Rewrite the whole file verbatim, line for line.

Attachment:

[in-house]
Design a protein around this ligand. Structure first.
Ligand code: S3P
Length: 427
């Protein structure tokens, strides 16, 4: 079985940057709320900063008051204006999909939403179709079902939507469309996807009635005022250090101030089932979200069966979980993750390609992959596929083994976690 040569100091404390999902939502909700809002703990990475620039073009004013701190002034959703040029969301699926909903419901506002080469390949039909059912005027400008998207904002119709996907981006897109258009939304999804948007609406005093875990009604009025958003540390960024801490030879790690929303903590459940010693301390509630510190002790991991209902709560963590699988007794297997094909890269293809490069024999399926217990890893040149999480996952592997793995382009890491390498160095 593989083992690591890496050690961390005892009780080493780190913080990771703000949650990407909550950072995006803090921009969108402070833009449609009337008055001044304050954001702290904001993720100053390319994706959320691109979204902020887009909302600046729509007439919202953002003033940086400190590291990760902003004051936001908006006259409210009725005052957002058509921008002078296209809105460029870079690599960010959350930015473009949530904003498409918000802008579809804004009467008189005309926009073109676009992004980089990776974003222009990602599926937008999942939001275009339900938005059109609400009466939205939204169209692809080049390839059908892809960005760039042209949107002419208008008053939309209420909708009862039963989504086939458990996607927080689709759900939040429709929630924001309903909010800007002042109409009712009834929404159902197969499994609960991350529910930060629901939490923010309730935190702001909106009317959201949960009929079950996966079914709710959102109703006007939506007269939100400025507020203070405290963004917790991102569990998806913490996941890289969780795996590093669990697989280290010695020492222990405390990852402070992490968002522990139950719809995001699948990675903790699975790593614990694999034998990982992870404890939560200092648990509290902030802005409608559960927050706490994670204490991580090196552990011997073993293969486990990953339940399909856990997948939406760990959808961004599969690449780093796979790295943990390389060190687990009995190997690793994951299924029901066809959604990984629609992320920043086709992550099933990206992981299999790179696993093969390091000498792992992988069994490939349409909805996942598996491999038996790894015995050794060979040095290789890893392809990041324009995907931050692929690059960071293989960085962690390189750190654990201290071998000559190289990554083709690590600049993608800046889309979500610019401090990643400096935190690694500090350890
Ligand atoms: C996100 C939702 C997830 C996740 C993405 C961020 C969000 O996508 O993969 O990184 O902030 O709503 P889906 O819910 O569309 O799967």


[in-house]
Design a protein around this ligand. Structure first.
Ligand code: S3P
Length: 427
């Protein structure tokens, strides 16, 4: 079985940057709320900063008051204006999909939403179709079902939507469309996807009635005022250090101030089932979200069966979980993750390609992959596929083994976690 040569100091404390999902939502909700809002703990990475620039073009004013701190002034959703040029969301699926909903419901506002080469390949039909059912005027400008998207904002119709996907981006897109258009939304999804948007609406005093875990009604009025958003540390960024801490030879790690929303903590459940010693301390509630510190002790991991209902709560963590699988007794297997094909890269293809490069024999399926217990890893040149999480996952592997793995382009890491390498160095 593989083992690591890496050690961390005892009780080493780190913080990771703000949650990407909550950072995006803090921009969108402070833009449609009337008055001044304050954001702290904001993720100053390319994706959320691109979204902020887009909302600046729509007439919202953002003033940086400190590291990760902003004051936001908006006259409210009725005052957002058509921008002078296209809105460029870079690599960010959350930015473009949530904003498409918000802008579809804004009467008189005309926009073109676009992004980089990776974003222009990602599926937008999942939001275009339900938005059109609400009466939205939204169209692809080049390839059908892809960005760039042209949107002419208008008053939309209420909708009862039963989504086939458990996607927080689709759900939040429709929630924001309903909010800007002042109409009712009834929404159902197969499994609960991350529910930060629901939490923010309730935190702001909106009317959201949960009929079950996966079914709710959102109703006007939506007269939100400025507020203070405290963004917790991102569990998806913490996941890289969780795996590093669990697989280290010695020492222990405390990852402070992490968002522990139950719809995001699948990675903790699975790593614990694999034998990982992870404890939560200092648990509290902030802005409608559960927050706490994670204490991580090196552990011997073993293969486990990953339940399909856990997948939406760990959808961004599969690449780093796979790295943990390389060190687990009995190997690793994951299924029901066809959604990984629609992320920043086709992550099933990206992981299999790179696993093969390091000498792992992988069994490939349409909805996942598996491999038996790894015995050794060979040095290789890893392809990041324009995907931050692929690059960071293989960085962690390189750190654990201290071998000559190289990554083709690590600049993608800046889309979500610019401090990643400096935190690694500090350890
Ligand atoms: C996100 C939702 C997830 C996740 C993405 C961020 C969000 O996508 O993969 O990184 O902030 O709503 P889906 O819910 O569309 O799967």